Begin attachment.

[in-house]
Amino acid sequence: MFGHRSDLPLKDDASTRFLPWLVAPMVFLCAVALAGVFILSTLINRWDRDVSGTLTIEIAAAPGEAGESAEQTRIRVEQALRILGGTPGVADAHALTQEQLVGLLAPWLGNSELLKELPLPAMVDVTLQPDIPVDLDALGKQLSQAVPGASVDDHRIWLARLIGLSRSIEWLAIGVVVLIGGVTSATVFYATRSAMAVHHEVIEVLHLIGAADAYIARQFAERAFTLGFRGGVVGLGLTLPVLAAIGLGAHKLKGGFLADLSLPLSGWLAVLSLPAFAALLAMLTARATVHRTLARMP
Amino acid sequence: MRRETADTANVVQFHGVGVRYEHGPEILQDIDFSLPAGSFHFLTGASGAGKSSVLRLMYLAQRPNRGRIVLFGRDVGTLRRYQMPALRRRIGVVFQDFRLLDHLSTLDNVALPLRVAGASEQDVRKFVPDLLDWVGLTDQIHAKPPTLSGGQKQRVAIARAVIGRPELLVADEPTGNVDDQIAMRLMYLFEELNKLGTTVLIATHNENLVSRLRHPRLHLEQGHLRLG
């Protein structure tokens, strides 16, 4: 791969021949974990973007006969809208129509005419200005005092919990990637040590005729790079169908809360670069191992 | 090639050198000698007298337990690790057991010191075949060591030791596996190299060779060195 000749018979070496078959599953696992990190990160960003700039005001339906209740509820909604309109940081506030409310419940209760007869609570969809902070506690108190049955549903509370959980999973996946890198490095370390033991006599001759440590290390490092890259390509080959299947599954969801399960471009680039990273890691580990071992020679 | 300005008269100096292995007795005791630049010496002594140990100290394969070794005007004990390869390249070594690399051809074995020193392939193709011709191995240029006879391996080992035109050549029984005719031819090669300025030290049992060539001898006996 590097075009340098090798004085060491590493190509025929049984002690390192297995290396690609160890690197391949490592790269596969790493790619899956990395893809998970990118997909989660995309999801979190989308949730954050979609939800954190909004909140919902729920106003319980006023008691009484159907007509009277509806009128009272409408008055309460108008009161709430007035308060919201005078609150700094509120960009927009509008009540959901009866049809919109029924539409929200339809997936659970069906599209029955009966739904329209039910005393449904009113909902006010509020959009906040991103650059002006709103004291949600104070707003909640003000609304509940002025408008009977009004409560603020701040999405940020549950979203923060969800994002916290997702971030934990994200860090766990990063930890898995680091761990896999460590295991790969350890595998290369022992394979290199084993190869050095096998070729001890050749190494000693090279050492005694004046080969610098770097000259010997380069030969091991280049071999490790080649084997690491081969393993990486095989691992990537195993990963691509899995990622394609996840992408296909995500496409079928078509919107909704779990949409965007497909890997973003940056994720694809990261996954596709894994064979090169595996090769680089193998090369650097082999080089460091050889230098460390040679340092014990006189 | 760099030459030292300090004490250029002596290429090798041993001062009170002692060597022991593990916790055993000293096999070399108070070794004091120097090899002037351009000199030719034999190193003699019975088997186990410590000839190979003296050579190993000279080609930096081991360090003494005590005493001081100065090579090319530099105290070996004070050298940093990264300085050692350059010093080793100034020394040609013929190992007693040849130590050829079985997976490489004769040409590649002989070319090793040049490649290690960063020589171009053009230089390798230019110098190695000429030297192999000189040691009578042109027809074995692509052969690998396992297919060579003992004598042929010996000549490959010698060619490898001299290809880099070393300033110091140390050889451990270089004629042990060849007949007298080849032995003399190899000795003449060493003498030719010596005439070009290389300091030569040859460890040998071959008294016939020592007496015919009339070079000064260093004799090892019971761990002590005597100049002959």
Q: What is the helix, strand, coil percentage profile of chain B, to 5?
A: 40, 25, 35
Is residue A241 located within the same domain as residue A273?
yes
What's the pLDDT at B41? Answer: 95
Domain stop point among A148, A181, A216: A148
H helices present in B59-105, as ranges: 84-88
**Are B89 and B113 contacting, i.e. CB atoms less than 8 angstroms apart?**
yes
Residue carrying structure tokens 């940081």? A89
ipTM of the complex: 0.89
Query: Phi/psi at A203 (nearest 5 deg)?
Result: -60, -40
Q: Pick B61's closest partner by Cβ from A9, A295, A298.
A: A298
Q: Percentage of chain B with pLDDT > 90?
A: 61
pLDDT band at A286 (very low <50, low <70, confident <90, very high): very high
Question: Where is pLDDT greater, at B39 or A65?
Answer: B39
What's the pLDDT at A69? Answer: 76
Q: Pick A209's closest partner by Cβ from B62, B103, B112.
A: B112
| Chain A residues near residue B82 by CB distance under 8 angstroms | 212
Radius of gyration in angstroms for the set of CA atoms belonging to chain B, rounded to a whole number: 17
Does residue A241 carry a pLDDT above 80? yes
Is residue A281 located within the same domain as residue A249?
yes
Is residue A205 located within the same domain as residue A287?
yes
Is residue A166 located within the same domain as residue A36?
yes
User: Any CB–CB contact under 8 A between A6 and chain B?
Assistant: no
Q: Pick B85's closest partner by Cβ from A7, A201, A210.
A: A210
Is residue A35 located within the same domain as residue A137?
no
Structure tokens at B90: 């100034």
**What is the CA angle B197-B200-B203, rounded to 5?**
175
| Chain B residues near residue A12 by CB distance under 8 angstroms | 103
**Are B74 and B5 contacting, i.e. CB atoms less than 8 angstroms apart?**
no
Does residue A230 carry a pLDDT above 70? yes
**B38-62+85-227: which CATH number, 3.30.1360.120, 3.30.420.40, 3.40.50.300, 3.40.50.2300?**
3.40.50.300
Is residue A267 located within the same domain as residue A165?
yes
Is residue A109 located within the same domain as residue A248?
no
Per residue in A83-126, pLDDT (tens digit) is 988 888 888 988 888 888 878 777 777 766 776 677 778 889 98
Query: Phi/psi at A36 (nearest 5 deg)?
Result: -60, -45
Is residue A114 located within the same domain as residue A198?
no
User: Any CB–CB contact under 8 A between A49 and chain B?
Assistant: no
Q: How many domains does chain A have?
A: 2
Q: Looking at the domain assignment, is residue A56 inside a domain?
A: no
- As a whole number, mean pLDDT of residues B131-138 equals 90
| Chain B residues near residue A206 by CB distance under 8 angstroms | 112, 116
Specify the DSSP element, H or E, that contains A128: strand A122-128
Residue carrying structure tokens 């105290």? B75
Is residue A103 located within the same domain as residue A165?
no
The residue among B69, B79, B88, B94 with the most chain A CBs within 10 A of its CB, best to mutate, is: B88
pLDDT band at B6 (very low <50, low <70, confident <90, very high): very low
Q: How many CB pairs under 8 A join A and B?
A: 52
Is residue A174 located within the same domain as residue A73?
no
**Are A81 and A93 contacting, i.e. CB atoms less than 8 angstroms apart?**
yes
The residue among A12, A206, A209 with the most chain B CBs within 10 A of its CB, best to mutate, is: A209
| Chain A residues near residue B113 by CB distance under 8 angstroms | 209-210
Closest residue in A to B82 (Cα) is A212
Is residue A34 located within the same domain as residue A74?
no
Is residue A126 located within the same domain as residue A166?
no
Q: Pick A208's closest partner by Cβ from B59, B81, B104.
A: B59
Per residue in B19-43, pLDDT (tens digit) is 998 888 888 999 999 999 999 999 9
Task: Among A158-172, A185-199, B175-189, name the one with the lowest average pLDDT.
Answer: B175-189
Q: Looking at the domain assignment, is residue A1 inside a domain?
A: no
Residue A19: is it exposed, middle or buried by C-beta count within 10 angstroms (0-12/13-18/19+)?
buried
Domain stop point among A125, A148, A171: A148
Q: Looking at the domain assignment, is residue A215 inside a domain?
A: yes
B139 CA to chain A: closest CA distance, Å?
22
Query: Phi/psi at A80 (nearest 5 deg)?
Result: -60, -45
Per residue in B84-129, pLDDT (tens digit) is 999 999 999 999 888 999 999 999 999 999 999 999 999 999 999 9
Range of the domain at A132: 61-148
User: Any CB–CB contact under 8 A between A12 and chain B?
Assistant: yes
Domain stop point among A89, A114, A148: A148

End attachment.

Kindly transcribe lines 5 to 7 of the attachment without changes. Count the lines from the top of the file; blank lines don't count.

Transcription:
Q: What is the helix, strand, coil percentage profile of chain B, to 5?
A: 40, 25, 35
Is residue A241 located within the same domain as residue A273?